Small windows of chance produce
  |  First Published: March 2014

The fishing weather window has still been closed due to the persistent strong southeasterlies we’ve had for the last 5 weeks. It has made getting out on the bay very hard. Anyone that has lucked out and had a day off on one of the rare good weather days, have done well.

I am hoping that with a new month comes some good weather to give us the opportunity to get out on the bay and start chasing some fish again.

March is always a fun month on the bay, it is generally the start of the longtail season and, if the size of the fish up the coast is anything to go by, we will see some big specimens this year. I caught my PB longtail off the Sunshine Coast late January and it weighed in at around 28kg. If that doesn't get you excited about the season coming then I'm not sure what will!

When targeting longtail tuna on lures most people would first think slugs, then probably plastics a close second. My favourite technique for targeting longtails is casting stickbaits. There is nothing better then finding a school of tuna feeding hard, casting a stickbait over the top of them and skipping it along the top and seeing the lure get monstered and ending with a big screaming run. Then the tussle begins.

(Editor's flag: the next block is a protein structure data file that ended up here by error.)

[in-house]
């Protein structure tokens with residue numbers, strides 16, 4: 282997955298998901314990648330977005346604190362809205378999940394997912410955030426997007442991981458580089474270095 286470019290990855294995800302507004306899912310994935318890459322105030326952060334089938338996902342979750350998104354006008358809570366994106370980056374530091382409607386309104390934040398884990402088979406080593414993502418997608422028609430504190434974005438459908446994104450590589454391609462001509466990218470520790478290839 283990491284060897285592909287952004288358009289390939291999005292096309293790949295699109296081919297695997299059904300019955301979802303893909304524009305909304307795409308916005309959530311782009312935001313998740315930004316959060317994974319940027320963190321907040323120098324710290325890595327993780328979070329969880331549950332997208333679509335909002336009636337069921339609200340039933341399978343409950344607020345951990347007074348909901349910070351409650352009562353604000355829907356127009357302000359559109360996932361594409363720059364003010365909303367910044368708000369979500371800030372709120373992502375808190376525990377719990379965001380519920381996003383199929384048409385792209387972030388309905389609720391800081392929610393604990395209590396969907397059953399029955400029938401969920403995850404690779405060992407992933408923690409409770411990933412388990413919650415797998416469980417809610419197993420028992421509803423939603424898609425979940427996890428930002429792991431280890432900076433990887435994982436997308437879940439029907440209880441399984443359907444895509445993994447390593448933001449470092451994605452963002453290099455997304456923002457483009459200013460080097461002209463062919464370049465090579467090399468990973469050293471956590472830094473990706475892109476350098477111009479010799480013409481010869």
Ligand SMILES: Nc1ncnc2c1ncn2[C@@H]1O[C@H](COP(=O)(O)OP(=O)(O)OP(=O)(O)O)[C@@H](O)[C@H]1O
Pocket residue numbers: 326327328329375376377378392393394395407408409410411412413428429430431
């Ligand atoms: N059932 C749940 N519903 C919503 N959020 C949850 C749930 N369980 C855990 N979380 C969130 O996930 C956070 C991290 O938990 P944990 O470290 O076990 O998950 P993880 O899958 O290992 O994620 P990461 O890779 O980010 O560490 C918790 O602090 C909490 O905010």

People argue that whenever you are targeting tuna it is visual but I say that targeting them on stickbaits is even more visual. I tend to only throw stickbaits when I can see that the fish are feeding on larger bait. This is because the lures are between 100-120mm, so if the fish are feeding on 50mm bait then your chances are minimal of hooking them on a big lure.

There are a few different techniques that work when using stickbaits for tuna and it just depends on the situation as to what technique you use. The first would be burning the lure along the surface of the water so you can wind the lure and skip it along the water imitating a fleeing garfish/baitfish.

The second technique is a walk-the-dog action; twitch the lure side to side. This isn't a fast retrieve but it can be worked fast if needed.

The third retrieve that I use is a sweeping retrieve. By giving the rod big long sweeps your lure will have a swimming style action.

The retrieve that you decide to use also depends on the lure that you choose. There are a few different types of stick baits; floating, slow sinking and fast sinking. Floating stickbaits can be skipped along the surface or walk-the-dog style retrieve. The slow sinking lures are a good all rounder as they can be retrieved all three ways, the only difference is that the walk-the-dog retrieve is sub-surface not along the top.

Some of my favourite lures for longtails are the Maria Bullchop (slow sinking) and the Maria Blues Code (slow and fast sinking). There are many others too but these two lures are my favourites.

I hope the weather comes good for an extended period of time so that we can get out and smack a few fish. Until next month.


Stick baits are a viable option on longtail tuna. The water exploded when this 28kg model hit this skipping Maria Bullchop.


This fish also fell victim to a stick bait. This was the author’s girlfriend’s first encounter with a longtail and definitely an exciting way to introduce her to fishing.

Reads: 1208

Matched Content ... powered by Google